The word figary is part of Irish slang and basically means ‘a whim or a frolic.’ To even put it like that is to formalise it a bit too much.
Anyway, I had started this post by saying that: Yesterday, I took a figary and just had to see a a bridge in Ballyduff in West Waterford.’ I then realised that only people who are Irish would have a clue what I was talking about when it came to the figary bit and also that only Co. Waterford people would fully understand the notion of West Waterford.
Co. Waterford is very much divided in our minds between the East and the West. I guess that one of the reasons for this lies in the fact that East Waterford (where Waterford City and Tramore are) are close to the River Suir, whereas West Waterford is associated with the River Blackwater. West Waterford takes in towns like Dungarvan, Cappoquin and Lismore. It also takes in the little village of Ballyduff which has a bridge that’s a delight to the eye, especially of someone like me who is fanatical about bridges.
It’s about 55 miles from Tramore to Ballyduff and one could stop practically every quarter of a mile to explore fascinating places and objects. But Ballyduff’s bridge was firmly fixed in my mind and I certainly wasn’t disappointed when I got to walk along it, feel its texture, admire its views.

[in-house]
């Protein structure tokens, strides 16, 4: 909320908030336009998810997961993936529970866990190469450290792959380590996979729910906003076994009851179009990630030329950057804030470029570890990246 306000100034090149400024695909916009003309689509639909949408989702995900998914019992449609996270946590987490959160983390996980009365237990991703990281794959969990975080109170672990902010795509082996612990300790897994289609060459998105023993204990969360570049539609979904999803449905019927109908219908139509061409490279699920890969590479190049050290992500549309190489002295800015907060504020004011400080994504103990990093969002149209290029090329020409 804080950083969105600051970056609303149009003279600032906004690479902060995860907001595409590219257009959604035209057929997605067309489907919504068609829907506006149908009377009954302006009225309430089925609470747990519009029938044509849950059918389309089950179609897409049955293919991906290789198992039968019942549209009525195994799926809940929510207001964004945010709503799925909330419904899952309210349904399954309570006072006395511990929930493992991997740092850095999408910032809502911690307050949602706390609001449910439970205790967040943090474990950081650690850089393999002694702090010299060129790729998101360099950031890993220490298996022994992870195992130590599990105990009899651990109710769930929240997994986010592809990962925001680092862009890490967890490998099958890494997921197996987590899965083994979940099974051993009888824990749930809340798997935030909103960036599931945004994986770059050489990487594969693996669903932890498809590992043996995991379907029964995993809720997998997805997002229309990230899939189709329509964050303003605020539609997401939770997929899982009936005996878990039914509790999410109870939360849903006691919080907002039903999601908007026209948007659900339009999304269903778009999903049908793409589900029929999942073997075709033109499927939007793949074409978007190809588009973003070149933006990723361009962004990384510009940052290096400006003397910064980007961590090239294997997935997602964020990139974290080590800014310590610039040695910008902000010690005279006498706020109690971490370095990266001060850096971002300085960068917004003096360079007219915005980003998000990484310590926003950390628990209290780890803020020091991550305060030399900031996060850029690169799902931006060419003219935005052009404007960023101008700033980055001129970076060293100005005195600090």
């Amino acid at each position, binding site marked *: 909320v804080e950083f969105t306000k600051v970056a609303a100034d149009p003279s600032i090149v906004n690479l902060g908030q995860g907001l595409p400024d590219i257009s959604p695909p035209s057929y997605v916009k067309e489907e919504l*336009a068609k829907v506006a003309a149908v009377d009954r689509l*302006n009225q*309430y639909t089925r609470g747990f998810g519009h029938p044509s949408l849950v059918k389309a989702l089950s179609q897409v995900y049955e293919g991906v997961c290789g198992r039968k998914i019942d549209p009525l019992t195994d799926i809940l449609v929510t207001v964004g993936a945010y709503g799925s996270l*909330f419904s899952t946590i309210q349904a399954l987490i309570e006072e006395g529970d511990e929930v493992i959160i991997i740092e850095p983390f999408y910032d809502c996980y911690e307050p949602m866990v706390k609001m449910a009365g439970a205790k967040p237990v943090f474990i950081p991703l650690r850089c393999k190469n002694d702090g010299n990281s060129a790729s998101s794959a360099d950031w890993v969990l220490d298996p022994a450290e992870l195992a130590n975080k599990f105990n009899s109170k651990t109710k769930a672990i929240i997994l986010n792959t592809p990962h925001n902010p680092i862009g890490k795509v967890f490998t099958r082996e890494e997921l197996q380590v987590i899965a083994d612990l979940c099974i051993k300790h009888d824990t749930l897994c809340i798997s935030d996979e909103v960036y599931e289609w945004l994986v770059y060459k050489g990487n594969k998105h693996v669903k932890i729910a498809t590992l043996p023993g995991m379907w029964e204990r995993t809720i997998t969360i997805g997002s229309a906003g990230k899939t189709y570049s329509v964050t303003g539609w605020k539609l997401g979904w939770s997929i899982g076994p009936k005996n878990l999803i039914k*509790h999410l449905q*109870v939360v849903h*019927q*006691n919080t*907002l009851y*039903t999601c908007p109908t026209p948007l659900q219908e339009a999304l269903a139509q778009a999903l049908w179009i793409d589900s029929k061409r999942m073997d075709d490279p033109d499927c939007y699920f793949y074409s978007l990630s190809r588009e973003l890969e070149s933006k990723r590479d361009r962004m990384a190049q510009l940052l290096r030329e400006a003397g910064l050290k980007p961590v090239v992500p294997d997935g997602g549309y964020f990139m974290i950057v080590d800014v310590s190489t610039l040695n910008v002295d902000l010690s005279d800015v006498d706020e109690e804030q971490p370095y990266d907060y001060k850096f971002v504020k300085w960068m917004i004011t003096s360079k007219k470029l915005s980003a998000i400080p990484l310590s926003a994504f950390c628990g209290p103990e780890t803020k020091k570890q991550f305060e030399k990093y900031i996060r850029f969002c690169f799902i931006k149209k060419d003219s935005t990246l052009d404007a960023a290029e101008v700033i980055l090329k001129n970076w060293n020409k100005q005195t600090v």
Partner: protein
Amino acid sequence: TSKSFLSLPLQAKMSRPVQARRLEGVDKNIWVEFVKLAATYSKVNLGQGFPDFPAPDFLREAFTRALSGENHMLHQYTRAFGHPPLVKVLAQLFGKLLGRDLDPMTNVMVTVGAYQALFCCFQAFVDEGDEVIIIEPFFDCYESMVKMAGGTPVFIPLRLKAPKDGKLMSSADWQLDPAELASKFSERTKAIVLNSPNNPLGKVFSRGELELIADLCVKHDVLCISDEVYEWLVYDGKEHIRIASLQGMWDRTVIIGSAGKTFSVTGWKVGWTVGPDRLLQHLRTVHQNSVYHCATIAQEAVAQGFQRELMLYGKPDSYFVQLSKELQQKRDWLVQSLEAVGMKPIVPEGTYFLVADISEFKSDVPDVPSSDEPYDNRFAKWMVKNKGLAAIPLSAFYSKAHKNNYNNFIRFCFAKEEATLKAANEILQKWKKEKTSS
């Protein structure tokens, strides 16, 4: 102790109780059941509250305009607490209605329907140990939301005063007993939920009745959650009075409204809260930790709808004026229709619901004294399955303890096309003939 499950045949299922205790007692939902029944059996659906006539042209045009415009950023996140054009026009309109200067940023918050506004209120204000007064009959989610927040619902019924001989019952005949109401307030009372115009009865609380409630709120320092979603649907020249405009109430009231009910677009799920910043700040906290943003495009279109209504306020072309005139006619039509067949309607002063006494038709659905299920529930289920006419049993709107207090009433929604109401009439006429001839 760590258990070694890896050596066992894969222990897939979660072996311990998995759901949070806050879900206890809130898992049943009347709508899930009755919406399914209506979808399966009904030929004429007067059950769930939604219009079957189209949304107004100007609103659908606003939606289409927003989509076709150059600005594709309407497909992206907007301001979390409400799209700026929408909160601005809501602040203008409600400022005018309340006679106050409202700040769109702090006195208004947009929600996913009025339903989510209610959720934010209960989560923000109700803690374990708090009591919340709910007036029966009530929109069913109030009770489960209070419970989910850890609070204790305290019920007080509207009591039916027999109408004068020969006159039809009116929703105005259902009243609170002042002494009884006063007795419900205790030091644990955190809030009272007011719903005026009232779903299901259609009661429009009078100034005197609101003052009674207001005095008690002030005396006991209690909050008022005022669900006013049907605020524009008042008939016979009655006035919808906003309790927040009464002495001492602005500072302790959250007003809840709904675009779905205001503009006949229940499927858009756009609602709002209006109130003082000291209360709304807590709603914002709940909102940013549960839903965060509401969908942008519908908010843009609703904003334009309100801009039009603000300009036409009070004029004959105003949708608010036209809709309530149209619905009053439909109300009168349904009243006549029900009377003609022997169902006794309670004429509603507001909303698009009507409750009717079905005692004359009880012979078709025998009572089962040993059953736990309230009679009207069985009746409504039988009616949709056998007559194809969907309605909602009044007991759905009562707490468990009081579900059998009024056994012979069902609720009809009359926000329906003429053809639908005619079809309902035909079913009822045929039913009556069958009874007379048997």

This is how it looked:
This iron bridge, over the River Blackwater, was built in 1887. It was designed by W.E. L’Estrange Duffin (1843-1925), who was Waterford County Engineer.
The bridge is very well maintained and here is the view up river towards Lismore:
Ballyduff village itself remains to be explored another day but I couldn’t but be fascinated by an impressive three-storey building which was built on a height in the mist on the left just across the bridge.
It transpires that the building was originally a Royal Irish Constabulary barracks which was built in 1869 and later used as the Garda Station in Ballyduff. Rural Garda Stations have been subject to closures over the last few decades and this Garda Station in Ballyduff was closed in 2013.
It’s sad to see rural Garda Stations like this one closing and I can’t but think of how all the comings and goings over the bridge between 1869 and 2013 were closely observed by various duty officers.
Ah yes, so much to explore in historic Co. Waterford!